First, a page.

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Valerie Powell, Vice President of Research Services at HealthiVibe, discusses her experience with obtaining patient insights and helping her clients apply them to trial design and conduct in a pandemic.
Many sponsors have discussed the challenges of operating clinical trials during the pandemic, but there hasn’t been much discussion around the patient experience, and how patient feedback can help sponsors better design their studies to meet patients’ evolving needs. In this interview, Valerie Powell, Vice President of Research Services at HealthiVibe, discusses her experience with obtaining patient insights and helping her clients apply them to trial design and conduct in a pandemic.
Moe Alsumidaie: What challenges have you seen Sponsors and sites face as they continue to recruit and retain patients in global clinical trials during this pandemic?
Valerie Powell: The challenges fall into at least three categories. First of all, many study subjects are fearful and unwilling to attend in-person trial visits, so they either aren’t enrolling or are dropping out. Secondly, patients and caregivers are focused on daily living issues during the pandemic, not on medical care, including trial participation. Lastly, site staff burden has increased sharply. Hospital-based sites are dealing with COVID surges, with some PIs being called into service to help and study staff adapting to changes in their work environments, working from home or juggling study requirements with cumbersome on-site pandemic precautions. The studies themselves are taxing staff, as they deal with delays, cancellations, and protocol changes to accommodate the shift to virtual visits, and the significant burden related to remote monitoring visits.
MA: How has patient willingness to enroll in clinical trials changed? What are you hearing from patients now?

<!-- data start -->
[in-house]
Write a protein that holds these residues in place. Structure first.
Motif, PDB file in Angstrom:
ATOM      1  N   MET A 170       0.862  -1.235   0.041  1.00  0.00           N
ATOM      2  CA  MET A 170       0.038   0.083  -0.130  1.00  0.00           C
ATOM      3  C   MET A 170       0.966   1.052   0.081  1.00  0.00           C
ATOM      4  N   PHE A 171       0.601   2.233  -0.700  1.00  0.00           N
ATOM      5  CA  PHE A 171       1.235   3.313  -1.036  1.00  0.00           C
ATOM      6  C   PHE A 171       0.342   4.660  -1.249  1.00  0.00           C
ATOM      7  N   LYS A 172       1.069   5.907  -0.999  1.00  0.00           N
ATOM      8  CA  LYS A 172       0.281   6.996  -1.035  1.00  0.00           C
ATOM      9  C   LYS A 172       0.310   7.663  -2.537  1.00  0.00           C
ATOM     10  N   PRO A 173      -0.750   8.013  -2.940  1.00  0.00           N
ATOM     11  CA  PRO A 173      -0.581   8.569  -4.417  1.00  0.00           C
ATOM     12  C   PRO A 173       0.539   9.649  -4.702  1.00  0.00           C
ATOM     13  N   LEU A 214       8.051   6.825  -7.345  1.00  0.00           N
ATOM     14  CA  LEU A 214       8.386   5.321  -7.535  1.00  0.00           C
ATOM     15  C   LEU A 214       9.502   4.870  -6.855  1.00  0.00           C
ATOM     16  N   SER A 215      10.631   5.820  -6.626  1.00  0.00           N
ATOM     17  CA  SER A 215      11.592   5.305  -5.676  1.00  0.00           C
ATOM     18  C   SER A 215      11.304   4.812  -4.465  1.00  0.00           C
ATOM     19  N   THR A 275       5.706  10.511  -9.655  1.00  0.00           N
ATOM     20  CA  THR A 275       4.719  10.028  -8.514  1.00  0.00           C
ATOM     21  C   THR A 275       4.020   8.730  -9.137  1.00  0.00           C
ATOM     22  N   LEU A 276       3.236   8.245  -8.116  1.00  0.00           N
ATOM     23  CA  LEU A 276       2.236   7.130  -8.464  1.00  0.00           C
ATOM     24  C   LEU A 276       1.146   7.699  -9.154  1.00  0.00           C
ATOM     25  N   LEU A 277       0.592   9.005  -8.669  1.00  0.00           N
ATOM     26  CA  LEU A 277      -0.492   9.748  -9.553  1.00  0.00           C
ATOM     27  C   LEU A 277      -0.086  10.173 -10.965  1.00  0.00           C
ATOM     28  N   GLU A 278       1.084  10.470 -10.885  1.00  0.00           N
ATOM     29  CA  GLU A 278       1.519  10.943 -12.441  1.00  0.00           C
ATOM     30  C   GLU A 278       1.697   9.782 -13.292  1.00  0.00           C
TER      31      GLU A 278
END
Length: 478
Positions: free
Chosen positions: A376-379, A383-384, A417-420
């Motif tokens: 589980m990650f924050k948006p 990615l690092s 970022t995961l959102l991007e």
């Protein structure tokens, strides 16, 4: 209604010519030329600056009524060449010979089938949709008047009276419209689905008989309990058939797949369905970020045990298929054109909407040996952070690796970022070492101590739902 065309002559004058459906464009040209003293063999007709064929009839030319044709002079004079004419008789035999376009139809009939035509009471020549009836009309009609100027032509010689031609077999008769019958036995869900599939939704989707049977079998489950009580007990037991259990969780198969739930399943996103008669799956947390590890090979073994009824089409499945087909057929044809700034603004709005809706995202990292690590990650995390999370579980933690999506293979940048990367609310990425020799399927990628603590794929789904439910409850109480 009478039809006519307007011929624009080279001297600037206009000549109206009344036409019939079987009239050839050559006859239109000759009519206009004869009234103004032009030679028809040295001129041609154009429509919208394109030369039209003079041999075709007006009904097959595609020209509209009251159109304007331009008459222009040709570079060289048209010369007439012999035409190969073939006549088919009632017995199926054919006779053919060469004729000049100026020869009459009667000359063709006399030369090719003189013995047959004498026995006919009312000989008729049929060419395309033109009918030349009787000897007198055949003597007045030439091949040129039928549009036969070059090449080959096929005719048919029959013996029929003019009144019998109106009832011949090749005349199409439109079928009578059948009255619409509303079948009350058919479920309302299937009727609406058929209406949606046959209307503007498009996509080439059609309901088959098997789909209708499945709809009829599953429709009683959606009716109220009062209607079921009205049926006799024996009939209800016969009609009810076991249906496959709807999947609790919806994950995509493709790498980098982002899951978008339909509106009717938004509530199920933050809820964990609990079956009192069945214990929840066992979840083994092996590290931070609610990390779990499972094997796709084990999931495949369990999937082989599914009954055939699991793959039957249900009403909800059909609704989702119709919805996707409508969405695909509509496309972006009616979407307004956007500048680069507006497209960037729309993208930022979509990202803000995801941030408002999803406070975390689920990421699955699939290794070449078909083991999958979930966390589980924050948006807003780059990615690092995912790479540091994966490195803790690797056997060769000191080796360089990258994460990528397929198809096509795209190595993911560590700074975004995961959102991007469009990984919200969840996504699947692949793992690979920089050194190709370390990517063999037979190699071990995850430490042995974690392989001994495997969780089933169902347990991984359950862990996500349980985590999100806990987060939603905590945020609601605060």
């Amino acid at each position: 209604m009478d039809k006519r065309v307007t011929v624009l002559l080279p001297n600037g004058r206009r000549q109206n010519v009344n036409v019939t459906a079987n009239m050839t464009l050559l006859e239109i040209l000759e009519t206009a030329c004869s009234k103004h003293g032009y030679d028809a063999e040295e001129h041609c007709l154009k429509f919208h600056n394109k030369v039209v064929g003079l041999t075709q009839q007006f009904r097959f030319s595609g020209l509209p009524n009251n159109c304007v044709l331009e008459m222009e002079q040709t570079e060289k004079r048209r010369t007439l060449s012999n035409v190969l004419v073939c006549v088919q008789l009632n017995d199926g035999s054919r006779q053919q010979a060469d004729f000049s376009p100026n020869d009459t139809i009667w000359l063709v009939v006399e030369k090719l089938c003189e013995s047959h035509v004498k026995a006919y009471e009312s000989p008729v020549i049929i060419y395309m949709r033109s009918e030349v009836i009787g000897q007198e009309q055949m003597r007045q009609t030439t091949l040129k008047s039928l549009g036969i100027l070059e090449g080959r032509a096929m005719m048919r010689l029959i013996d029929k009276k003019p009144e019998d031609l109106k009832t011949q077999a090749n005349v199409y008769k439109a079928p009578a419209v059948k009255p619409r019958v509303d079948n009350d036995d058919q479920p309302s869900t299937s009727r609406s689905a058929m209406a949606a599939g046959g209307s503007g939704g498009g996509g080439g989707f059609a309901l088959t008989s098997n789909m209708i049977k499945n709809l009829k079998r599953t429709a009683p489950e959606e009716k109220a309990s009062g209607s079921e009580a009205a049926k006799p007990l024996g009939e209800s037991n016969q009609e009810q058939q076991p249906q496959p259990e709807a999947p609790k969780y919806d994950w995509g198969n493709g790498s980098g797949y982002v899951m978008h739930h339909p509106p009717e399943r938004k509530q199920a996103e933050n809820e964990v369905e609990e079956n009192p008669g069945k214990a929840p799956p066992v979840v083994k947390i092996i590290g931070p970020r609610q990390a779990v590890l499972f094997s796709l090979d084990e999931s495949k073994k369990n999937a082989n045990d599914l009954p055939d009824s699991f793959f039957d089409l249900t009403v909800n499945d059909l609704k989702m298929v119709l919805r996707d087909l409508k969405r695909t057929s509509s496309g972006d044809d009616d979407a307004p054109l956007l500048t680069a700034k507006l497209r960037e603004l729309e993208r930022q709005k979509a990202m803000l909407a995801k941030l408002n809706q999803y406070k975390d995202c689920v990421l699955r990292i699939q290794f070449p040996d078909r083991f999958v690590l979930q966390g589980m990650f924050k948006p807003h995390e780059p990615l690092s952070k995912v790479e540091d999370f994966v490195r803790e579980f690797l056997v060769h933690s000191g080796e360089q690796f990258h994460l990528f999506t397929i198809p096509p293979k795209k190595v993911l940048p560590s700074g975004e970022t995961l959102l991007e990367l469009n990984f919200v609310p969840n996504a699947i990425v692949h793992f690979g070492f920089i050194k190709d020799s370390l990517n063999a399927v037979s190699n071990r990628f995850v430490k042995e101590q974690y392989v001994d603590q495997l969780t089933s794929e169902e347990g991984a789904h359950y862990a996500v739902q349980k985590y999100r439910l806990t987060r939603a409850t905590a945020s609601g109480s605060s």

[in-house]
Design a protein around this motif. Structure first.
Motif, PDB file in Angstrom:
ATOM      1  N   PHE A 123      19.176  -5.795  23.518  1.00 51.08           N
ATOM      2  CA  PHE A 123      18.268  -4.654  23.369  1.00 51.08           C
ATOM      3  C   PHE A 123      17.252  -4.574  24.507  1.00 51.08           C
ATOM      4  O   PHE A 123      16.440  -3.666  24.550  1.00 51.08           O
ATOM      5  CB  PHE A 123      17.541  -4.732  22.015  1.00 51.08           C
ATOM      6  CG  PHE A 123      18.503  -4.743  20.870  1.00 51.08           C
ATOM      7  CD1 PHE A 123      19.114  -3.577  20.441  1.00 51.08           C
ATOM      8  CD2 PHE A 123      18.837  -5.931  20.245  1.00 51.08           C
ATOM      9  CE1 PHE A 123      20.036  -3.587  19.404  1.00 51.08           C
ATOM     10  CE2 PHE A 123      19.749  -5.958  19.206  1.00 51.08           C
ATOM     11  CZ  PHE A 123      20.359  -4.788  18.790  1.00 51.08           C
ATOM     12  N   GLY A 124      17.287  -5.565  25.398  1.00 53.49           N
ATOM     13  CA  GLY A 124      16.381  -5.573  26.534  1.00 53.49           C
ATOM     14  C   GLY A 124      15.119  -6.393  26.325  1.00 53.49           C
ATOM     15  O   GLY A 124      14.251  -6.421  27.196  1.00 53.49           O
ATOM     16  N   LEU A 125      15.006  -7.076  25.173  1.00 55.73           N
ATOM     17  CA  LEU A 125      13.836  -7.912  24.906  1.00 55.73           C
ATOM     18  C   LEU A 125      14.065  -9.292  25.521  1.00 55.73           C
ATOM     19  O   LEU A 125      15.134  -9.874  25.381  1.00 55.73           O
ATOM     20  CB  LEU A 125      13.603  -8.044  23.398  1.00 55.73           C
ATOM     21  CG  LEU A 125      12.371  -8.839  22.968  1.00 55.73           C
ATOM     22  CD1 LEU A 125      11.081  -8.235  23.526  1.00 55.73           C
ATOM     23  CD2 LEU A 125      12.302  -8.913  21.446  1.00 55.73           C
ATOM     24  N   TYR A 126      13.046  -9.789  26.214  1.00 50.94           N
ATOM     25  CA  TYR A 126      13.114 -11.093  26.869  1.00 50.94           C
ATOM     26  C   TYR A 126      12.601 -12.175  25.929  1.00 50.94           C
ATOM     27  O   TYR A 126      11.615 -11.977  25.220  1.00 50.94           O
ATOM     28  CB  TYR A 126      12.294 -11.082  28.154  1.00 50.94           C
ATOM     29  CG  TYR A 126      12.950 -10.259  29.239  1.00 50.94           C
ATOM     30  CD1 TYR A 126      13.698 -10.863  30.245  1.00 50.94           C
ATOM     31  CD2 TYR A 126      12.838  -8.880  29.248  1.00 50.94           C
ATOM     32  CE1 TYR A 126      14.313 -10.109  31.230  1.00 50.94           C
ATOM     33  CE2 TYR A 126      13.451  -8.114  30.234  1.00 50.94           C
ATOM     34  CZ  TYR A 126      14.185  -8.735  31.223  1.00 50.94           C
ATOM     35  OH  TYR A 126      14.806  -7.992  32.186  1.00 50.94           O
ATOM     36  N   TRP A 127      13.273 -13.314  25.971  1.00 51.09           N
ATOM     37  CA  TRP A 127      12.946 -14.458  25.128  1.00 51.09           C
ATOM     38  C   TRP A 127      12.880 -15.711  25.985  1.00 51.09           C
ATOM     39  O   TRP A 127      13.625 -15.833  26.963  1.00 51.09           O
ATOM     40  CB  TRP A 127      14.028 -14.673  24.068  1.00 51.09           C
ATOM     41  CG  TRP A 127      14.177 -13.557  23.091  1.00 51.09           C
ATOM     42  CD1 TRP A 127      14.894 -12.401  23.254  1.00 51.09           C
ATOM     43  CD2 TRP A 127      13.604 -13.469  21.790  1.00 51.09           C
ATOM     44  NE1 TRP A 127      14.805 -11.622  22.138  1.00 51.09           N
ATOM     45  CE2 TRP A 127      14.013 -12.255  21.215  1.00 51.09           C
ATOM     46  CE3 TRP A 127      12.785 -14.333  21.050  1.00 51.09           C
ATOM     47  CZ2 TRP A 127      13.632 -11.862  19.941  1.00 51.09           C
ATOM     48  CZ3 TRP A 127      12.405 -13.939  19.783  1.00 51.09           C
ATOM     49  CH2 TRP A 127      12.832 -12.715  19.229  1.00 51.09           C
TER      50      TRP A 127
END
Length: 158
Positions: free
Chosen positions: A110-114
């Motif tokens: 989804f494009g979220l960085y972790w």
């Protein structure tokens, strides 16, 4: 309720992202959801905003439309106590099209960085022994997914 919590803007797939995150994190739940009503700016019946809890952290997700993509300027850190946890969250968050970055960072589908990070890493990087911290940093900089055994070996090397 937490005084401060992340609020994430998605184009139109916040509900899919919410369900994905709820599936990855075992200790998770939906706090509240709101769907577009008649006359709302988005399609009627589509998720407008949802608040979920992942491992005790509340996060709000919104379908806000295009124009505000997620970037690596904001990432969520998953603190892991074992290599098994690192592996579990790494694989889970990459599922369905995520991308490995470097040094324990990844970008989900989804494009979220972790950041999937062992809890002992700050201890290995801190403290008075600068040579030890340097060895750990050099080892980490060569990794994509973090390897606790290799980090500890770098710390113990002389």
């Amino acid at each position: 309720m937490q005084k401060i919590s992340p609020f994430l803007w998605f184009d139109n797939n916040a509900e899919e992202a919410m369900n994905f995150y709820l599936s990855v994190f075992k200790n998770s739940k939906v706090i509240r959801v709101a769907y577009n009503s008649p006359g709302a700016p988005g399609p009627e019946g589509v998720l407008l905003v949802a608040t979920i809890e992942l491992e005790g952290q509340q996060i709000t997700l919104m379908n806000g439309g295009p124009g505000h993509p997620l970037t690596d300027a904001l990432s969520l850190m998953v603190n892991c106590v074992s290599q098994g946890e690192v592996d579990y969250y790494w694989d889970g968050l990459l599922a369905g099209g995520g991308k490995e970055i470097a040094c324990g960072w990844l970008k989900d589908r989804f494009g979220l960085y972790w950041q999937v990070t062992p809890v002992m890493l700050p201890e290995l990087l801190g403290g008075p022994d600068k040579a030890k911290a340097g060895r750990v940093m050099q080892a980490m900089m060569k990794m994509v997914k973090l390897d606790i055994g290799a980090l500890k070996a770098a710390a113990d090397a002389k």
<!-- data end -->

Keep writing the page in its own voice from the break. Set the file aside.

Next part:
VP: Clinical trial participation can be scary—and now, we have the added fears of contracting the virus at site visits and receiving an experimental treatment during a pandemic. While this fear can decrease willingness to participate, changes to trial designs—telemedicine and home health visits—can make participation more attractive if done in ways that resonate with patients and caregivers. A shift that I expect could have an even more significant impact is the increased familiarity with clinical trials (due to the COVID-19 vaccine trials being in the news). This familiarity can breed acceptance.
First, patients are hearing and learning more about trials. Now laypeople who have never considered a trial know more about the trial process, which builds comfort and helps break down misconceptions. Second, because of the worldwide focus on the need for a vaccine, the public sees the value of clinical trials in a new and real way. Finally, the emphasis on involving diverse populations in the vaccine trials could help break down some barriers in enrolling diverse populations in our trials. I’m hopeful that we will see prolonged support of clinical trials and reduced stigma around participation – it could be a small silver lining to this pandemic experience.